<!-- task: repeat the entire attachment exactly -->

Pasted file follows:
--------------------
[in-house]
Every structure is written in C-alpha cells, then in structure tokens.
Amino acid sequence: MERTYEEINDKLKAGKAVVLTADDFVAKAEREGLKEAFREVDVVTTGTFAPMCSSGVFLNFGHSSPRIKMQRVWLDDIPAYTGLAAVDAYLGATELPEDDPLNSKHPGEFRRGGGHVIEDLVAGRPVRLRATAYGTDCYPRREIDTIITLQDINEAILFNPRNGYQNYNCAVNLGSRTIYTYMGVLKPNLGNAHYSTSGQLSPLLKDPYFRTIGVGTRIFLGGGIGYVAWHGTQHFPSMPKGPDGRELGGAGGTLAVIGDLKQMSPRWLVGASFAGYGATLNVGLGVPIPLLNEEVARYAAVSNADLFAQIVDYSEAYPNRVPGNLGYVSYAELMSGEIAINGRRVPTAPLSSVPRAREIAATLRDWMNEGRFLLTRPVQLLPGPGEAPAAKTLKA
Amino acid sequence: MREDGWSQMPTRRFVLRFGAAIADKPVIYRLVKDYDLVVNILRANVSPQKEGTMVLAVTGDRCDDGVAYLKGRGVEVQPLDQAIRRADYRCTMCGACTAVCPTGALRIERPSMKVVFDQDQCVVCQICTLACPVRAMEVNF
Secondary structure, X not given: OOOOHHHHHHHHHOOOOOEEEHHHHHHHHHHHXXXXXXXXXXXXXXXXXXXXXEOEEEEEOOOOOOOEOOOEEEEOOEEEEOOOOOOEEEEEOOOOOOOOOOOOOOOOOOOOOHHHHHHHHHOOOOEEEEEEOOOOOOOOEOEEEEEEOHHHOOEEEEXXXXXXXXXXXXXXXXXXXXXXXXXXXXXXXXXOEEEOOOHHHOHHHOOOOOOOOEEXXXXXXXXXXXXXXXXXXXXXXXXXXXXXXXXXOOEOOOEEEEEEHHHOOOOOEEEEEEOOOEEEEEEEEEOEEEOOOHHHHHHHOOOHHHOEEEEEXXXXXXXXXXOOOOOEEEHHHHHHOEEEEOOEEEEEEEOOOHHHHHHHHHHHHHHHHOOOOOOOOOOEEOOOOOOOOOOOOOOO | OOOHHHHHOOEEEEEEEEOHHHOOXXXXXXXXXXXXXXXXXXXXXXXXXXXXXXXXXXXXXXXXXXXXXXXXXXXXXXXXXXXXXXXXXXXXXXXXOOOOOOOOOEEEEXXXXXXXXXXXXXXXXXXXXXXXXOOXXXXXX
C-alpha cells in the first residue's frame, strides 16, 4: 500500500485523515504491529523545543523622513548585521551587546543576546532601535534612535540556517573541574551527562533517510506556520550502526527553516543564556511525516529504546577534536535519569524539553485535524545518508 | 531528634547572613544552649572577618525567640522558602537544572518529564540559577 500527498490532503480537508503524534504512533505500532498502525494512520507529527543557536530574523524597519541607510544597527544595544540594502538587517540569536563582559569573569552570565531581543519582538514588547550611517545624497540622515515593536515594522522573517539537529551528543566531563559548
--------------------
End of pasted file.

[in-house]
Every structure is written in C-alpha cells, then in structure tokens.
Amino acid sequence: MERTYEEINDKLKAGKAVVLTADDFVAKAEREGLKEAFREVDVVTTGTFAPMCSSGVFLNFGHSSPRIKMQRVWLDDIPAYTGLAAVDAYLGATELPEDDPLNSKHPGEFRRGGGHVIEDLVAGRPVRLRATAYGTDCYPRREIDTIITLQDINEAILFNPRNGYQNYNCAVNLGSRTIYTYMGVLKPNLGNAHYSTSGQLSPLLKDPYFRTIGVGTRIFLGGGIGYVAWHGTQHFPSMPKGPDGRELGGAGGTLAVIGDLKQMSPRWLVGASFAGYGATLNVGLGVPIPLLNEEVARYAAVSNADLFAQIVDYSEAYPNRVPGNLGYVSYAELMSGEIAINGRRVPTAPLSSVPRAREIAATLRDWMNEGRFLLTRPVQLLPGPGEAPAAKTLKA
Amino acid sequence: MREDGWSQMPTRRFVLRFGAAIADKPVIYRLVKDYDLVVNILRANVSPQKEGTMVLAVTGDRCDDGVAYLKGRGVEVQPLDQAIRRADYRCTMCGACTAVCPTGALRIERPSMKVVFDQDQCVVCQICTLACPVRAMEVNF
Secondary structure, X not given: OOOOHHHHHHHHHOOOOOEEEHHHHHHHHHHHXXXXXXXXXXXXXXXXXXXXXEOEEEEEOOOOOOOEOOOEEEEOOEEEEOOOOOOEEEEEOOOOOOOOOOOOOOOOOOOOOHHHHHHHHHOOOOEEEEEEOOOOOOOOEOEEEEEEOHHHOOEEEEXXXXXXXXXXXXXXXXXXXXXXXXXXXXXXXXXOEEEOOOHHHOHHHOOOOOOOOEEXXXXXXXXXXXXXXXXXXXXXXXXXXXXXXXXXOOEOOOEEEEEEHHHOOOOOEEEEEEOOOEEEEEEEEEOEEEOOOHHHHHHHOOOHHHOEEEEEXXXXXXXXXXOOOOOEEEHHHHHHOEEEEOOEEEEEEEOOOHHHHHHHHHHHHHHHHOOOOOOOOOOEEOOOOOOOOOOOOOOO | OOOHHHHHOOEEEEEEEEOHHHOOXXXXXXXXXXXXXXXXXXXXXXXXXXXXXXXXXXXXXXXXXXXXXXXXXXXXXXXXXXXXXXXXXXXXXXXXOOOOOOOOOEEEEXXXXXXXXXXXXXXXXXXXXXXXXOOXXXXXX
C-alpha cells in the first residue's frame, strides 16, 4: 500500500485523515504491529523545543523622513548585521551587546543576546532601535534612535540556517573541574551527562533517510506556520550502526527553516543564556511525516529504546577534536535519569524539553485535524545518508 | 531528634547572613544552649572577618525567640522558602537544572518529564540559577 500527498490532503480537508503524534504512533505500532498502525494512520507529527543557536530574523524597519541607510544597527544595544540594502538587517540569536563582559569573569552570565531581543519582538514588547550611517545624497540622515515593536515594522522573517539537529551528543566531563559548